Why does Iowa need to amend our state constitution to recognize and protect the right to keep and bear arms?
It might seem redundant, as the Bill of Rights already states that “the right of the people to keep and bear arms shall not be infringed.” Also, the Supreme Court of the United States has made crystal clear that the Second Amendment protects an individual’s right in the landmark Heller case a few years ago.
So how could a state constitutional amendment be necessary?
Iowa is one of only six states that lack constitutional protection for these fundamental natural rights. While some state-level gun rights provisions were adopted in the era of George Washington and others have been added in recent decades, they have been designed to protect individuals from an overreaching state government. The language of many is even more direct and specific than is the Second Amendment.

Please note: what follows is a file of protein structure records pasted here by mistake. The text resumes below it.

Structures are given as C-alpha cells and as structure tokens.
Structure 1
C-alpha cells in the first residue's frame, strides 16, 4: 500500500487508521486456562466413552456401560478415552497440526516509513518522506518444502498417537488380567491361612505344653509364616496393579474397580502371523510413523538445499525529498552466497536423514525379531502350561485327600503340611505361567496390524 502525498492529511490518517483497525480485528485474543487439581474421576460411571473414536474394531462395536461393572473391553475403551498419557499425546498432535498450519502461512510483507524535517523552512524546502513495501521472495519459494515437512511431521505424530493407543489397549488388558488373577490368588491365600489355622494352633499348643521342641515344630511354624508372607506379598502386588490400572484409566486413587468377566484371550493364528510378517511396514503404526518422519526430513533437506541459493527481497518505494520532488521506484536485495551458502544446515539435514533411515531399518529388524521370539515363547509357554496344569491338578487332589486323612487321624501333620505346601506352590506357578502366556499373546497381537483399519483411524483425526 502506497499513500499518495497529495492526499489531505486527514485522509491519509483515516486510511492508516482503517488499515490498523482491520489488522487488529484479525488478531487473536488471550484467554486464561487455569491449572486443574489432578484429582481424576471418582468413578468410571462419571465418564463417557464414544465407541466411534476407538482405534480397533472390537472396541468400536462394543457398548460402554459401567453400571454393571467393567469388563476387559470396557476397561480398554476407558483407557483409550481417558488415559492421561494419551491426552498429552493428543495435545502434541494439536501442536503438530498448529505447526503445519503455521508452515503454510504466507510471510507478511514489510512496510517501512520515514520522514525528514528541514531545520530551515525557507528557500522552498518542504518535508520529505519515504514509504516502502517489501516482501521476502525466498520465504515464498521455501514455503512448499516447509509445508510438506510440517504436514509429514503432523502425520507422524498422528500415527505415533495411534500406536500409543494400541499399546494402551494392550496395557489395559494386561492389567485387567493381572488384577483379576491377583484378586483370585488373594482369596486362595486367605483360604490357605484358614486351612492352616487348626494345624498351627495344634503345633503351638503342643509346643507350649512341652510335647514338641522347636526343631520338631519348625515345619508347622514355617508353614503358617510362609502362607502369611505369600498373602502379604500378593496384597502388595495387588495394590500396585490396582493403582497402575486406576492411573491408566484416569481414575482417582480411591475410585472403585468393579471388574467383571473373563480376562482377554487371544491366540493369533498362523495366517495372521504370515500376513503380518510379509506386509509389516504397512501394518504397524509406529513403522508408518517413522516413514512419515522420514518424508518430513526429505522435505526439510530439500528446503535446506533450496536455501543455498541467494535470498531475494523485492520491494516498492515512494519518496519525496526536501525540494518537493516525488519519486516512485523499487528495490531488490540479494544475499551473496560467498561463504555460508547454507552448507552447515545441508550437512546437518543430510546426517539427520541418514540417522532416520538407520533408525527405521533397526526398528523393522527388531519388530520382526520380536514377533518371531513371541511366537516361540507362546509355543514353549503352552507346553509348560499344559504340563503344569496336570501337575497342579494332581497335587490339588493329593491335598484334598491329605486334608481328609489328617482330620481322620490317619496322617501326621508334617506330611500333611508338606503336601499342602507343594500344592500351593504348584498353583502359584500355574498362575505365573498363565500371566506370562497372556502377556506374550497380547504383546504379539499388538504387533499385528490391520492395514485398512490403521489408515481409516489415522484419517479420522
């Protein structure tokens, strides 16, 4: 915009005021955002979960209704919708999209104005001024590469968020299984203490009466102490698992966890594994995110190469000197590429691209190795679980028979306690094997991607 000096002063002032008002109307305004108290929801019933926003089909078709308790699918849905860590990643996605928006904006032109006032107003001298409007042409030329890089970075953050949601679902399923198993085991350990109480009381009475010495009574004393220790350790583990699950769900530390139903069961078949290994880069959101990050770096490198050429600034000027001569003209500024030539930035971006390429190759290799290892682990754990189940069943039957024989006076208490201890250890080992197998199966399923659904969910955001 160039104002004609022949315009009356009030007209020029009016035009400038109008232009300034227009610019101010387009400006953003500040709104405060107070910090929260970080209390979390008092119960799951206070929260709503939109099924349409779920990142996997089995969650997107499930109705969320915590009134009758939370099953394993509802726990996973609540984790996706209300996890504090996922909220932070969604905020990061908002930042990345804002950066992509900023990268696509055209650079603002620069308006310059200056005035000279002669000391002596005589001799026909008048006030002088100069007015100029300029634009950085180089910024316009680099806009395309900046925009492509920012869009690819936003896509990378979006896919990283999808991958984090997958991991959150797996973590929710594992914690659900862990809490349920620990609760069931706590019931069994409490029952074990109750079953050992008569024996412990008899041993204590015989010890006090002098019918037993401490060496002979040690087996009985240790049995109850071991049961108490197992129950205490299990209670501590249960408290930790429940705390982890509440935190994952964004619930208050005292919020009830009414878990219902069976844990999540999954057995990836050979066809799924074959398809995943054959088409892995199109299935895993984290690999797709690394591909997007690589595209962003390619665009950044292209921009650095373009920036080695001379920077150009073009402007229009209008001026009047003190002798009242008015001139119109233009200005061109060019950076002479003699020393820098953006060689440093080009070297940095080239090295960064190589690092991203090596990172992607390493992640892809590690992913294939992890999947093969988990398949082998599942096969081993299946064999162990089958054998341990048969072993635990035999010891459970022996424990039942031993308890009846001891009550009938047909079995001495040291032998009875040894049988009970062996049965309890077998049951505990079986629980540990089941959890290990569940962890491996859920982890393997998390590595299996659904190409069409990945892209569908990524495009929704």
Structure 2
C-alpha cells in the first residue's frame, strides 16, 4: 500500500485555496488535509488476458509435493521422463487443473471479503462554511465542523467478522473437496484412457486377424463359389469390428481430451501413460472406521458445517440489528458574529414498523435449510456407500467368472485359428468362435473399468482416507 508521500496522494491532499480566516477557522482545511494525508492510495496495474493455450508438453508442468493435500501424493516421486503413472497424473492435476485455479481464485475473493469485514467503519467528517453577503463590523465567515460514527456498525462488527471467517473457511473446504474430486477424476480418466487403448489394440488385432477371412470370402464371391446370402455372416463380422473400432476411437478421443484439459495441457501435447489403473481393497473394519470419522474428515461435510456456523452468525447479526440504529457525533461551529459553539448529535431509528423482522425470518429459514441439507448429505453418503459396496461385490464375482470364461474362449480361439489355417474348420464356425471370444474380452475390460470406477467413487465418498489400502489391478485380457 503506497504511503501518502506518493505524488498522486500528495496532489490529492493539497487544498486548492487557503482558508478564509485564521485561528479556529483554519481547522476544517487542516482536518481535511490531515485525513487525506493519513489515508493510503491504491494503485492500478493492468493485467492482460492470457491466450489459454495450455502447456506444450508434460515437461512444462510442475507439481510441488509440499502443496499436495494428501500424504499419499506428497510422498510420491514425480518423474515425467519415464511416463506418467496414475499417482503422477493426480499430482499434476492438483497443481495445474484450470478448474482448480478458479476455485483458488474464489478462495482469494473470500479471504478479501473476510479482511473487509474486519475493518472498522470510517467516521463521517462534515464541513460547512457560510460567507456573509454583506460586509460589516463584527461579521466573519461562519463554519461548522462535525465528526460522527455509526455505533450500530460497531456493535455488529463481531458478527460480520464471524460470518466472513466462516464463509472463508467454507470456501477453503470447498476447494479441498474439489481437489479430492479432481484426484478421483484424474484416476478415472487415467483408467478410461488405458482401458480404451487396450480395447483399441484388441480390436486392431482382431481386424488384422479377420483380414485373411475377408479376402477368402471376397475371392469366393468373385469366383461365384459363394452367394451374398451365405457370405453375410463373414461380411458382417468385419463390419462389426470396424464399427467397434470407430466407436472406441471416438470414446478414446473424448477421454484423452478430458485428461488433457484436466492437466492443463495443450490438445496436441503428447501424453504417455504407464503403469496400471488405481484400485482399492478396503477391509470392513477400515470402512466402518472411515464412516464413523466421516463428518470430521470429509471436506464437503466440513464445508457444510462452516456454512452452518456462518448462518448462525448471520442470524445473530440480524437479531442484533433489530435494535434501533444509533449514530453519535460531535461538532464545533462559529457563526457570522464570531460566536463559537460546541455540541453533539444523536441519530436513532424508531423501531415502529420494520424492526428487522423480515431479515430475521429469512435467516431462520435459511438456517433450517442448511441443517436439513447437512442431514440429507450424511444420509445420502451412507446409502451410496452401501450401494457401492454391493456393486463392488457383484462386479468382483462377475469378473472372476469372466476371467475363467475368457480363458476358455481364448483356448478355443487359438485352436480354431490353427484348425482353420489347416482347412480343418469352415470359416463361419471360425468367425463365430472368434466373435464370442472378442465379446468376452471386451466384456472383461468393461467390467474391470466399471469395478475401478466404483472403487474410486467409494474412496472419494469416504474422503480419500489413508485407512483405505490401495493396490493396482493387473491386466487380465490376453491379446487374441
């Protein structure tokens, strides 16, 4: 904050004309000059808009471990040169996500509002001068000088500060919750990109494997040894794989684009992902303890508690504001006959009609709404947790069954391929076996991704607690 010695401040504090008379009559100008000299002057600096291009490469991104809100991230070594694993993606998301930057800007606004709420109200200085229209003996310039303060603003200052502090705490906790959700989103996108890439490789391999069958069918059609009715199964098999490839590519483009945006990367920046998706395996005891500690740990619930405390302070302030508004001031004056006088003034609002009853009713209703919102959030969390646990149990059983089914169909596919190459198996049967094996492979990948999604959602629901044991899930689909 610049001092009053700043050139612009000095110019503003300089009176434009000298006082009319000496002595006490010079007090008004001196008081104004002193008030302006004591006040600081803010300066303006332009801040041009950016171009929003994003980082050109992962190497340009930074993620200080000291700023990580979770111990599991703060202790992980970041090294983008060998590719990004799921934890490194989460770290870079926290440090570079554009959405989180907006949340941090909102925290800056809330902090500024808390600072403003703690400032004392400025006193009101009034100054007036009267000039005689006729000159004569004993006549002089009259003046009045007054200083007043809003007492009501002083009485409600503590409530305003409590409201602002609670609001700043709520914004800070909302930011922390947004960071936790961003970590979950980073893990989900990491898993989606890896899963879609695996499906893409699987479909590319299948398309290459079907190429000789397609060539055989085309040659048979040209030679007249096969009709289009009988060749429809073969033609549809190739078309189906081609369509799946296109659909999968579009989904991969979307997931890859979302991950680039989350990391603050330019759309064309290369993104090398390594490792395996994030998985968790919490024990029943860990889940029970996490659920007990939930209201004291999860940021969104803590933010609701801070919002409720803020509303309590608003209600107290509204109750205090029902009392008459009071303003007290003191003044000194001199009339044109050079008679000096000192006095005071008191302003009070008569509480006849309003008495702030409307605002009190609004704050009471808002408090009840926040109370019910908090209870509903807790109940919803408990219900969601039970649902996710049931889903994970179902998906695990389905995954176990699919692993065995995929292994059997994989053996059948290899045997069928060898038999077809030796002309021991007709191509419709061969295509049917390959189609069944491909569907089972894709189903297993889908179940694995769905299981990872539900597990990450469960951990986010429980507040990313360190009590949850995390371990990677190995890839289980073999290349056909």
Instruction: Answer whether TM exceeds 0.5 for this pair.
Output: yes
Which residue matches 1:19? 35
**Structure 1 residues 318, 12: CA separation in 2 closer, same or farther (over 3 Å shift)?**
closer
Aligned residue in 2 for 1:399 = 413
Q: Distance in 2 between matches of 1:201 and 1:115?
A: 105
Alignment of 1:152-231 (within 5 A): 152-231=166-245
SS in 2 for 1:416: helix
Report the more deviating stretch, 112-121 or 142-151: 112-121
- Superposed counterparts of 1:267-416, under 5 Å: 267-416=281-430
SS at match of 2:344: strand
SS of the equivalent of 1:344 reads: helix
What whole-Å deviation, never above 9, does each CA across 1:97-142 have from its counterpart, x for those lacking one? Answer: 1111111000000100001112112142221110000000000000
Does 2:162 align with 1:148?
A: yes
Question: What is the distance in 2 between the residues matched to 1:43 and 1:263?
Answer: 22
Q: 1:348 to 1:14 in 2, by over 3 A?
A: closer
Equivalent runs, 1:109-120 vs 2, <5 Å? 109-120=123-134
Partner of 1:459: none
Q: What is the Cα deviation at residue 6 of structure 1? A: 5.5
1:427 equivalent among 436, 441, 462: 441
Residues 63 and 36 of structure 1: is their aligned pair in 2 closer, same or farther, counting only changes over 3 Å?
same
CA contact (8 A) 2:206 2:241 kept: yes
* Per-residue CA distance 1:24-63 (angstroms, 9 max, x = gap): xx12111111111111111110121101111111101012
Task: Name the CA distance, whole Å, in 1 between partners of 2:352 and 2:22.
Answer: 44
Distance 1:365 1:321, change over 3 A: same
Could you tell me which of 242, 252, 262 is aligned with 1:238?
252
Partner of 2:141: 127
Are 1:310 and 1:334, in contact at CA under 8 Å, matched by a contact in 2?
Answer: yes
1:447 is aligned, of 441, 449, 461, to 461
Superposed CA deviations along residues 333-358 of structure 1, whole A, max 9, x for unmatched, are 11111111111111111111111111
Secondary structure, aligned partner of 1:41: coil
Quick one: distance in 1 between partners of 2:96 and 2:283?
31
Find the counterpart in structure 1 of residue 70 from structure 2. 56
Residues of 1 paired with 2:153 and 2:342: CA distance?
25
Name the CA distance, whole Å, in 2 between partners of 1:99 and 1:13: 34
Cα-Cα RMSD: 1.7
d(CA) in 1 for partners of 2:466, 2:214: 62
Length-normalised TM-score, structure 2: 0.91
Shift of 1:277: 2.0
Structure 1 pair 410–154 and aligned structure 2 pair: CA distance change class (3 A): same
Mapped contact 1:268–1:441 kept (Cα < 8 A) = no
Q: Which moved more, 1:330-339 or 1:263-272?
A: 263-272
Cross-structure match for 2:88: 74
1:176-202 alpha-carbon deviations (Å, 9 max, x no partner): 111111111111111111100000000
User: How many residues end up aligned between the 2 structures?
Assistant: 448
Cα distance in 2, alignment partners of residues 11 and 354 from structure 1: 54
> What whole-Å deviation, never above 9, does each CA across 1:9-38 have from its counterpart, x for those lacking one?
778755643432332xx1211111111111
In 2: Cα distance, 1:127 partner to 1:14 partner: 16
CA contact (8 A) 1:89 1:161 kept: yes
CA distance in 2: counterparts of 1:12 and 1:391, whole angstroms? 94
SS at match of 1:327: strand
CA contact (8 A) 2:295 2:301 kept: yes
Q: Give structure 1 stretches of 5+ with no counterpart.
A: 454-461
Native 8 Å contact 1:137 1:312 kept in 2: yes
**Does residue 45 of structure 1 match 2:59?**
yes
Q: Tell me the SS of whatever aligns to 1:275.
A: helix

State constitutions are an essential part of federalism in that they define and limit the powers of state governments to prevent the erosion of individual rights. While the Second Amendment to our federal constitution enshrines our right to keep and bear arms, several states have failed to protect those rights in their constitutions — or, worse, in practice. Regarding the lack of state constitutional protection, Iowa is in the company of New York, California, Minnesota, New Jersey and Maryland — states that are openly hostile to gun rights.
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